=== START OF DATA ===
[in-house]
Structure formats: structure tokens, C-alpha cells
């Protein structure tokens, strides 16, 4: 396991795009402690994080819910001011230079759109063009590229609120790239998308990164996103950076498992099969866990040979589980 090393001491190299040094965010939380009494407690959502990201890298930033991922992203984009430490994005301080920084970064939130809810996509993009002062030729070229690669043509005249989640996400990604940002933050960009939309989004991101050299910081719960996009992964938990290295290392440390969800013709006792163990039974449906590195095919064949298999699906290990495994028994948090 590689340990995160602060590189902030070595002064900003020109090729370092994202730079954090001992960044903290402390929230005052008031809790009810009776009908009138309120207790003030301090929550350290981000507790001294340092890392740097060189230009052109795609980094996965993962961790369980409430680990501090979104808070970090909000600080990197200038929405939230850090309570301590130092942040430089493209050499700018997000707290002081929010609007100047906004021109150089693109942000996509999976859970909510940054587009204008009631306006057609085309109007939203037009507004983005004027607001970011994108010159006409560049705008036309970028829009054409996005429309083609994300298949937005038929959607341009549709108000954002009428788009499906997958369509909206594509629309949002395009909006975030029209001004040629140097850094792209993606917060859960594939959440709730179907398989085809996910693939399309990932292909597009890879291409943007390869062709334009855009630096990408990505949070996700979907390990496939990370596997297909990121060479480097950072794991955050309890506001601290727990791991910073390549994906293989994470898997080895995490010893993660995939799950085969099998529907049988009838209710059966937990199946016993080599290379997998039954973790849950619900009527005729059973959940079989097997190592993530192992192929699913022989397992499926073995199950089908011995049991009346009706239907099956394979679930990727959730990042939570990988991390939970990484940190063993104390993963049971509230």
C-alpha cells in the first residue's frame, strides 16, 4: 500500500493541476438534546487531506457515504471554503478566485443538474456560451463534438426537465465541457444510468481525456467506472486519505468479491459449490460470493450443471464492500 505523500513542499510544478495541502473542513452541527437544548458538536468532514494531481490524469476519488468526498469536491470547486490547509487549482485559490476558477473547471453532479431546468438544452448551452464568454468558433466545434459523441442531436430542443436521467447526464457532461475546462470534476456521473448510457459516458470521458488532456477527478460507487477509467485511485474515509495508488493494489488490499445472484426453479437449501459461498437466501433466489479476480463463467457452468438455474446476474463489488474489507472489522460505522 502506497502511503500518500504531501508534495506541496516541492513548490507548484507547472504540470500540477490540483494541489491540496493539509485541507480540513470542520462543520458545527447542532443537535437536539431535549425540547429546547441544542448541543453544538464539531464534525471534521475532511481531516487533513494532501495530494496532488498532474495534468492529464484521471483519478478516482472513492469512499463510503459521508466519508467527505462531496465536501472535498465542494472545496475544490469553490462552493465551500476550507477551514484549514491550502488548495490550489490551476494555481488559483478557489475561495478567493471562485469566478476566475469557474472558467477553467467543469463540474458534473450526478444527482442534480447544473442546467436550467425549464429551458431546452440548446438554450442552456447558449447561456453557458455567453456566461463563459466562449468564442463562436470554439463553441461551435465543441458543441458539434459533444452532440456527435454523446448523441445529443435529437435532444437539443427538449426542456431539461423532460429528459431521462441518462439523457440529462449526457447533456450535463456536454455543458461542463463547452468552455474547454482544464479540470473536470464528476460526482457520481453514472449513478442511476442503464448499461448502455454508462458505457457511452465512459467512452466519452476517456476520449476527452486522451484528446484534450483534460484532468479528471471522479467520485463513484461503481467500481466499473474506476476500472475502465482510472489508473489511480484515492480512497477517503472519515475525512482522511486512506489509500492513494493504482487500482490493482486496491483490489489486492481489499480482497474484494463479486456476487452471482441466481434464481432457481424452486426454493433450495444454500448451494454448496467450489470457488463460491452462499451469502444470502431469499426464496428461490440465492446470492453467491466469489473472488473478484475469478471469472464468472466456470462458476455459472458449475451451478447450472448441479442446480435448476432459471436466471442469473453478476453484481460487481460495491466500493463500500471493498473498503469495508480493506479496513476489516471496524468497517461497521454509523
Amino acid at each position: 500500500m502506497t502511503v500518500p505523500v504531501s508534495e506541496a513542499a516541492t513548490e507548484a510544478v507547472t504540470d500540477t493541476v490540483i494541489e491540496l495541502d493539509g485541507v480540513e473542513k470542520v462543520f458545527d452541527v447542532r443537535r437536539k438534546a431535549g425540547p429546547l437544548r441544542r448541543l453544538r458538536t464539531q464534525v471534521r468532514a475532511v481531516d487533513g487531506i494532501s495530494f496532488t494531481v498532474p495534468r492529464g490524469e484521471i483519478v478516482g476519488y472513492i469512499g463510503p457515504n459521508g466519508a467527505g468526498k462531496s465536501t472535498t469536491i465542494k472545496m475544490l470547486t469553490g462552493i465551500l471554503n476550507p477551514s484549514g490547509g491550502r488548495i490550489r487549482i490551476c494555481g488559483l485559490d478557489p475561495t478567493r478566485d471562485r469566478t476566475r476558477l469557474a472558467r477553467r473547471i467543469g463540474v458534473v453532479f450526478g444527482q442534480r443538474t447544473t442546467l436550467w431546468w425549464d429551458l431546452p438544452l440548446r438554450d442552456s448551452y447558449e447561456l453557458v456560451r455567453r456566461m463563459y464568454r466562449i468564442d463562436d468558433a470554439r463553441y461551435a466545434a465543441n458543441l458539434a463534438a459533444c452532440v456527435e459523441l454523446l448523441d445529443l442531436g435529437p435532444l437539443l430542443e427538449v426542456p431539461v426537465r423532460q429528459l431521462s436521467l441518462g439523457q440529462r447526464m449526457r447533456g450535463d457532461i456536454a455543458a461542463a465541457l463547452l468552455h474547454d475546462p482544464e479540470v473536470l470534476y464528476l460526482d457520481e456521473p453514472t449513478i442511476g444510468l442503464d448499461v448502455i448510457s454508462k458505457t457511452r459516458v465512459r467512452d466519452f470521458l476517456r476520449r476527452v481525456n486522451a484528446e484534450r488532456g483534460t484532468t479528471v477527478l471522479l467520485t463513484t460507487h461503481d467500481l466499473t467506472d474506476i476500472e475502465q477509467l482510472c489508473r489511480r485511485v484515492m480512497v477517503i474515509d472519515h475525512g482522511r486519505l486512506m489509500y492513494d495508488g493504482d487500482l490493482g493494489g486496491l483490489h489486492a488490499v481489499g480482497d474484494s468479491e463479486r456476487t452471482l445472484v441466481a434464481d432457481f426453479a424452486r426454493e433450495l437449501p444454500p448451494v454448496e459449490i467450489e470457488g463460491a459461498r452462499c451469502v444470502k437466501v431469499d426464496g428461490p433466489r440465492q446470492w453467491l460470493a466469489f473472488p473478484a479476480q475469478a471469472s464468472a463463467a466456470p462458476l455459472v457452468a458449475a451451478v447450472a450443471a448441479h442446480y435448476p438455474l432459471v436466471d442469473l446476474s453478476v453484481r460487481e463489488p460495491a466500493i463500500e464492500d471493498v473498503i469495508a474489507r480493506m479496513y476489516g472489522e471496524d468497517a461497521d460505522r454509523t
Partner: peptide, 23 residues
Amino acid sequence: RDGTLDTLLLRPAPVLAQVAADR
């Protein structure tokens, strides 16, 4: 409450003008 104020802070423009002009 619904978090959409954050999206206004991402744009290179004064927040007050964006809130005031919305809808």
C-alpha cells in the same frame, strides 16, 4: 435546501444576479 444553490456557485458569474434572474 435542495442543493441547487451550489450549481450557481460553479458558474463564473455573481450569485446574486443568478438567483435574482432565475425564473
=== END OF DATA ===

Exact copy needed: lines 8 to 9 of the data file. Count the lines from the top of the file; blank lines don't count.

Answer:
């Protein structure tokens, strides 16, 4: 409450003008 104020802070423009002009 619904978090959409954050999206206004991402744009290179004064927040007050964006809130005031919305809808």
C-alpha cells in the same frame, strides 16, 4: 435546501444576479 444553490456557485458569474434572474 435542495442543493441547487451550489450549481450557481460553479458558474463564473455573481450569485446574486443568478438567483435574482432565475425564473